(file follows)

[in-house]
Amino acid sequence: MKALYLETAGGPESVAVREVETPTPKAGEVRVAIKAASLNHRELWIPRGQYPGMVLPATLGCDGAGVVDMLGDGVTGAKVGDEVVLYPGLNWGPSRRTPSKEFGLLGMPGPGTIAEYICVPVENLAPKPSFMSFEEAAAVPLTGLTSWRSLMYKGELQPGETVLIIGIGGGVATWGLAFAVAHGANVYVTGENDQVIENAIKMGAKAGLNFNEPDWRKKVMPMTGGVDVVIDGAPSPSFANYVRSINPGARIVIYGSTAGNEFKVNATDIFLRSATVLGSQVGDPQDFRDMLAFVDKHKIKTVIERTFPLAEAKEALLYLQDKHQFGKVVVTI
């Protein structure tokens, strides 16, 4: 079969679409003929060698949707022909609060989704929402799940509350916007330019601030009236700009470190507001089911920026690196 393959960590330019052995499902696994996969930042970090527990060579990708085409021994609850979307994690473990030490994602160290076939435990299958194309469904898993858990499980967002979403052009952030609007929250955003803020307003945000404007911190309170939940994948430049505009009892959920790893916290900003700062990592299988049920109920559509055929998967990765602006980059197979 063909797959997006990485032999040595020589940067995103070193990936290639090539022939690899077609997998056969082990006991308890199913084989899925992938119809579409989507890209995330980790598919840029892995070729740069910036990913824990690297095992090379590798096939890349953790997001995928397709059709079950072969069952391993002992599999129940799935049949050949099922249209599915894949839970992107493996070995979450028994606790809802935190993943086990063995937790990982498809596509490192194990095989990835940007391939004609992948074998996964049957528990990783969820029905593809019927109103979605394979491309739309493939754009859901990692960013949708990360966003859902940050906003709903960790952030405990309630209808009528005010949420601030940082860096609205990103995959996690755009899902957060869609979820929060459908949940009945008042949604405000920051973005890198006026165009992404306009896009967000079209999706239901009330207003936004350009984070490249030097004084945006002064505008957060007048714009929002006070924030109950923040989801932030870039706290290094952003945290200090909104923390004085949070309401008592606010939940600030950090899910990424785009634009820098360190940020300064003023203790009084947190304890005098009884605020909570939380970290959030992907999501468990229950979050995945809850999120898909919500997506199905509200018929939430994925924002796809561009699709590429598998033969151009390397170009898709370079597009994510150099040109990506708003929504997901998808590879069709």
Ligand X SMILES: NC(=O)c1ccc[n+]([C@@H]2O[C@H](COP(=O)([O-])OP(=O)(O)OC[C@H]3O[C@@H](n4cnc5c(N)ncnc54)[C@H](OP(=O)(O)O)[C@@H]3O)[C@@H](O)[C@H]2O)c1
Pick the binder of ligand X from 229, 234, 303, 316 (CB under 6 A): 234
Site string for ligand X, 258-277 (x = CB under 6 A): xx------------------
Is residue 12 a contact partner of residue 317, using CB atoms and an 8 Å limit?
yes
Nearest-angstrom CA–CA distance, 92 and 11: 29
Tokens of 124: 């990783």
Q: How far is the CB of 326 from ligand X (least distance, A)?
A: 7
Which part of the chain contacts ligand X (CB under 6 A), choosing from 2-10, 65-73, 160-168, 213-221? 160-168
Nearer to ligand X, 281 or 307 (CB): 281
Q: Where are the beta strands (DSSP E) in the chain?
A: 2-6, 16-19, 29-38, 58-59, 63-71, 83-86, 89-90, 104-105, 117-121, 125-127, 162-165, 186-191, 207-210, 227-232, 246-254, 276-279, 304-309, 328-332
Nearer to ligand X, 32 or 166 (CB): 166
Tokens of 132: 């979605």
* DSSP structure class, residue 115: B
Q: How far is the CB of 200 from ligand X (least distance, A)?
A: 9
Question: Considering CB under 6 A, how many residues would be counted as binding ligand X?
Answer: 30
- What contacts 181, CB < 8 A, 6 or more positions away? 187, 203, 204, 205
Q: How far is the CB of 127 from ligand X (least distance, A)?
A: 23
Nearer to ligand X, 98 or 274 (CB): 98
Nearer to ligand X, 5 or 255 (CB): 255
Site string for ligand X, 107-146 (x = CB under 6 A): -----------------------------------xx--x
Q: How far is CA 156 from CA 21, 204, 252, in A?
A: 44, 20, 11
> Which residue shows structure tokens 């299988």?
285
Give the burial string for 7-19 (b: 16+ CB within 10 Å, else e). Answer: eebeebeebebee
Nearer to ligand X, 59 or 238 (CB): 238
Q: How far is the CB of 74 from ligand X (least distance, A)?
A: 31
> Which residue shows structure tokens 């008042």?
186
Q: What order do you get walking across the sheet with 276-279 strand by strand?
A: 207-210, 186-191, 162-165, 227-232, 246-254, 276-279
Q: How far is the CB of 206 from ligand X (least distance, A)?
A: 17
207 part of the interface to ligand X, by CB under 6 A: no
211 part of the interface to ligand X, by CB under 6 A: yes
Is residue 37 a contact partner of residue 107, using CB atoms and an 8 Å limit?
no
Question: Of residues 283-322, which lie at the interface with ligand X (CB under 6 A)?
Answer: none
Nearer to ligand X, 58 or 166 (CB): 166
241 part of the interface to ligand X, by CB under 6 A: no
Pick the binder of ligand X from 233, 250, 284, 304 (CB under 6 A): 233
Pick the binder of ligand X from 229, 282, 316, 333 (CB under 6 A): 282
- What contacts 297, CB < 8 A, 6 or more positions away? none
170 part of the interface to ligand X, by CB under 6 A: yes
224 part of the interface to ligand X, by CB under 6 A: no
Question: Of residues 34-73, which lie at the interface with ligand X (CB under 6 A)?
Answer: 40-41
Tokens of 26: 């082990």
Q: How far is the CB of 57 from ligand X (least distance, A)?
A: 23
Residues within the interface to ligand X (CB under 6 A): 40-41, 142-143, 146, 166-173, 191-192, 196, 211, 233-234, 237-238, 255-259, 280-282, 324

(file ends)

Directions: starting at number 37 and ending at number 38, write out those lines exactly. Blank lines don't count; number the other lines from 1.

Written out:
A: 31
> Which residue shows structure tokens 């008042």?